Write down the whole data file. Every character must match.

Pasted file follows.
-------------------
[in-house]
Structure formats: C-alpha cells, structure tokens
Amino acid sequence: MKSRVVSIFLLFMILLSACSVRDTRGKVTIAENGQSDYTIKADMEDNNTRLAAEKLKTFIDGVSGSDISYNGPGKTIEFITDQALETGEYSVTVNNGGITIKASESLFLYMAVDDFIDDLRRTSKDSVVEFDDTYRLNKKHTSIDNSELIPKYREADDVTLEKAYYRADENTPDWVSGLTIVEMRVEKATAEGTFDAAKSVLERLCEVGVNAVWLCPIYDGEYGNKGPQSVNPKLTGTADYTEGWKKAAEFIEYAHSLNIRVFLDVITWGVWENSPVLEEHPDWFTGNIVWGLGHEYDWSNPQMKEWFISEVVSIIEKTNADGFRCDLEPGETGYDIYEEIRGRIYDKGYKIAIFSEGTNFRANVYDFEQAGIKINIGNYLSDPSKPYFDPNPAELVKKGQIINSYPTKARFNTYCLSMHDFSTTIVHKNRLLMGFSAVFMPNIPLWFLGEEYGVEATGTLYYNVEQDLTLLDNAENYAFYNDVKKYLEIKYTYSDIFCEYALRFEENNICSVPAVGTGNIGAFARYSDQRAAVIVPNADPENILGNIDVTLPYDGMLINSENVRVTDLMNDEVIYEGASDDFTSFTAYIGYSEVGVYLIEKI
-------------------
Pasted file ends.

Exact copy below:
[in-house]
Structure formats: C-alpha cells, structure tokens
Amino acid sequence: MKSRVVSIFLLFMILLSACSVRDTRGKVTIAENGQSDYTIKADMEDNNTRLAAEKLKTFIDGVSGSDISYNGPGKTIEFITDQALETGEYSVTVNNGGITIKASESLFLYMAVDDFIDDLRRTSKDSVVEFDDTYRLNKKHTSIDNSELIPKYREADDVTLEKAYYRADENTPDWVSGLTIVEMRVEKATAEGTFDAAKSVLERLCEVGVNAVWLCPIYDGEYGNKGPQSVNPKLTGTADYTEGWKKAAEFIEYAHSLNIRVFLDVITWGVWENSPVLEEHPDWFTGNIVWGLGHEYDWSNPQMKEWFISEVVSIIEKTNADGFRCDLEPGETGYDIYEEIRGRIYDKGYKIAIFSEGTNFRANVYDFEQAGIKINIGNYLSDPSKPYFDPNPAELVKKGQIINSYPTKARFNTYCLSMHDFSTTIVHKNRLLMGFSAVFMPNIPLWFLGEEYGVEATGTLYYNVEQDLTLLDNAENYAFYNDVKKYLEIKYTYSDIFCEYALRFEENNICSVPAVGTGNIGAFARYSDQRAAVIVPNADPENILGNIDVTLPYDGMLINSENVRVTDLMNDEVIYEGASDDFTSFTAYIGYSEVGVYLIEKI